As the vocabulary gets applied to more and more data and the data in Wikidata grows and grows, it’s only natural to think about the possibilities of creating datasets that are populated from Wikidata.

From the Wikidata side, the page provides an excellent discussion of the relationship between the two efforts. To summarize some key points: is structurally much simpler than Wikidata to ease adoption, but because provides no entity identifiers (for example, identifiers for specific people and places) “ is considering to encourage the use of Wikidata as a common entity base for the target of the schema:sameAs relation (not to be confused with owl:sameAs).”

From the side, has some discussion about the mapping of to the Wikidata model. It’s mostly about modeling the relationships between common classes and properties—important tasks if you want to automate large-scale conversion between the two models. The schemaOrg-Wikidata-Map page, “for issue-280’s working group subsidy and reference”, has some good ideas for creating those mappings.

In a recent Twitter thread about Wikidata Dan Brickley asked me if I was “interested in cooking up clever queries to help slurp out subsets”. Yes! The query below pulls out almost 21,000 Wikidata triples of album and musician data for bands with a genre of rock and roll (or, in Wikidata terms, bands with a wdt:P136 of wd:Q11399). Wikidata currently has this kind of data for about 530 bands.

As with any mapping from one data model to another, some properties let you simply substitute a new name for an old name but others require judgment calls and some model traversal to get at what you want. I wanted to point out a domain-specific data model traversal issue I came across and a more general Wikidata one that will be an issue for people working with any data domain, not just rock and roll bands.

The domain-specific issues are important because while there are dreams of a generalized mapping between Wikidata and, these two schemas both cover so much territory that it’s just not feasible. Here is my small example: while the Kinks studio album “Face to Face” is an instance of “album” in Wikidata, (wd:Q675825 wdt:P31 wd:Q482994), the Rolling Stones studio album “Beggars Banquet” is an instance of studio album (wd:Q339065 wdt:P31 wd:Q208569) which is a subclass of album (wd:Q208569 wdt:P279 wd:Q482994), as are live album (wd:Q209939) and compilation album (wd:Q222910). Because of this, my query that pulls out Wikidata triples to convert to must look for instances of album and instances of subclasses of album. If the SPARQL engine could do inferencing, I could ask for instances of album, because an instance of a subclass is an instance of its superclass, but this SPARQL engine won’t do inferencing. actually does have a schema:MusicAlbumProductionType class whose instances such as schema:studioAlbum, schema:LiveAlbum, and schema:CompilationAlbumcould store this distinction between various types of albums, but this doesn’t change the fact that Wikidata lists the studio album “Beggars Banquet” as an instance of “studio album” but the studio album “Face to Face” as an instance of the studio album superclass “album”. (Coming soon: how to correct the Wikidata data!)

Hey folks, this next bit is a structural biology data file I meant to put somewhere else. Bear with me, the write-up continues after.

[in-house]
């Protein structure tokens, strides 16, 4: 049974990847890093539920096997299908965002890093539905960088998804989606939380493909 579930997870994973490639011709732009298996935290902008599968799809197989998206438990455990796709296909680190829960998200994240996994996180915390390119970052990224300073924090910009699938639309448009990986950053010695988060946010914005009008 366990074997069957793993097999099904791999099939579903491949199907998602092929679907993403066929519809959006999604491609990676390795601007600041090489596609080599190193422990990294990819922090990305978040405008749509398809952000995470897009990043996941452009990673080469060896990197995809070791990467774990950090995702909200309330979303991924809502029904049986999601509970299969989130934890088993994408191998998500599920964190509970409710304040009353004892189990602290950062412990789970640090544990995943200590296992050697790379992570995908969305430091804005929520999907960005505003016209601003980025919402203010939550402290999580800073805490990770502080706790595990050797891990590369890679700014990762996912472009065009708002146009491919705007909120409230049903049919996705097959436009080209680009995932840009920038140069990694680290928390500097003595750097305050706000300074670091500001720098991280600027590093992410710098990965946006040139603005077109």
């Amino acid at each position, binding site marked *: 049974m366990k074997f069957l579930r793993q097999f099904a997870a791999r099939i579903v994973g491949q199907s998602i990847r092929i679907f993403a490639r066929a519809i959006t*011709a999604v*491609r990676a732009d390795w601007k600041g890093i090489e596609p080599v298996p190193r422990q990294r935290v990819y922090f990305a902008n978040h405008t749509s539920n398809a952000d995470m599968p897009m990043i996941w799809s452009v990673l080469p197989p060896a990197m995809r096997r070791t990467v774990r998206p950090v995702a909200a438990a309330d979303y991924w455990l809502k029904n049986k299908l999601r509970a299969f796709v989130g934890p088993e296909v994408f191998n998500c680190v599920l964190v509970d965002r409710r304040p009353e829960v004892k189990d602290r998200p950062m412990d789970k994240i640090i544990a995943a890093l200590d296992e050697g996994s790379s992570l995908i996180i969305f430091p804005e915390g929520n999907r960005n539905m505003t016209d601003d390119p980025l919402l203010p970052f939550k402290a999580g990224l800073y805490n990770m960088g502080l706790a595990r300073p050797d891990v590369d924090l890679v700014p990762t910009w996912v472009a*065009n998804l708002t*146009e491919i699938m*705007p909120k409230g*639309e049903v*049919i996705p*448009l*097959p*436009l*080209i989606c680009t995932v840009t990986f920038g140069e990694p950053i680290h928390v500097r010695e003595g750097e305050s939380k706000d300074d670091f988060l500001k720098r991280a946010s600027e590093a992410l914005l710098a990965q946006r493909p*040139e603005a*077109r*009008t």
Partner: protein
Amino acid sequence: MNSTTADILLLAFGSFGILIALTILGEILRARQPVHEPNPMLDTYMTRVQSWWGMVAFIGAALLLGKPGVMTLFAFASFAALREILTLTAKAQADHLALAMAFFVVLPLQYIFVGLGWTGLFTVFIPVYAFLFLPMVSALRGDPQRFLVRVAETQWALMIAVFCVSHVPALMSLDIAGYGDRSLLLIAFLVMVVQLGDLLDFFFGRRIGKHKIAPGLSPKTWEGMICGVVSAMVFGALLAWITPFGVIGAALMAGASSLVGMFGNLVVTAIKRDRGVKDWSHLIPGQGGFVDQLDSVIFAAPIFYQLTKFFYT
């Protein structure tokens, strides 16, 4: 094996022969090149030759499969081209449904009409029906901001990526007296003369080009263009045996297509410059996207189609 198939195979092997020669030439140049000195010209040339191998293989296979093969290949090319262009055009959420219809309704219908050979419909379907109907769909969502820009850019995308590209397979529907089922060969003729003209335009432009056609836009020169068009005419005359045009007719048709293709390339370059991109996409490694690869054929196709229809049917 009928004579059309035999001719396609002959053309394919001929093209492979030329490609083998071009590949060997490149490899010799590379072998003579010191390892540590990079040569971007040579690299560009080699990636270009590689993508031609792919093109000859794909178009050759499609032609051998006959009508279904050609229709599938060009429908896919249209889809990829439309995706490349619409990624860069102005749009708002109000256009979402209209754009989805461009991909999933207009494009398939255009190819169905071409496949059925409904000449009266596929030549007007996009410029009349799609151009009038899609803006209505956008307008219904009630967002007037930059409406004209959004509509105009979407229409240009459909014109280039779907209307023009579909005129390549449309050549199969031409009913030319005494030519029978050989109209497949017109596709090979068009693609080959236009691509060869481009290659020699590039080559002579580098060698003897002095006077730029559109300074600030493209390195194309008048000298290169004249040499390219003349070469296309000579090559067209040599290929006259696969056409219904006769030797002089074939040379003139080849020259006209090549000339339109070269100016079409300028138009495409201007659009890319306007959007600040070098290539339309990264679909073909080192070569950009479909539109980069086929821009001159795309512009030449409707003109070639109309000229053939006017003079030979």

Wikidata’s SPARQL engine has enough to do without doing inferencing; my query asks for a lot, and getting it to run in under 60 seconds to avoid a timeout took some rearrangement of triple patterns here and there to make it more efficient. I was surprised that I got away with including an OPTIONAL graph pattern and still kept everything under 60 seconds.

The use of UNION also helped retrieve the albums despite their different relationships to the data model. You’ll see that I UNIONed a third expression in there, which brings me to a key aspect of the Wikidata data model that queries must deal with: statements. Instead of having a triple saying that the work is an album, certain albums have triples saying that there are statements claiming that they are albums. (I’m not 100% sure about my wording describing the role of statements here and I’m open to correction.) This gives the query a bit more indirection to follow. Because Wikidata may have multiple statements about a topic, a query can request the highest ranked of these: we want the one that is an instance of wikibase:BestRank.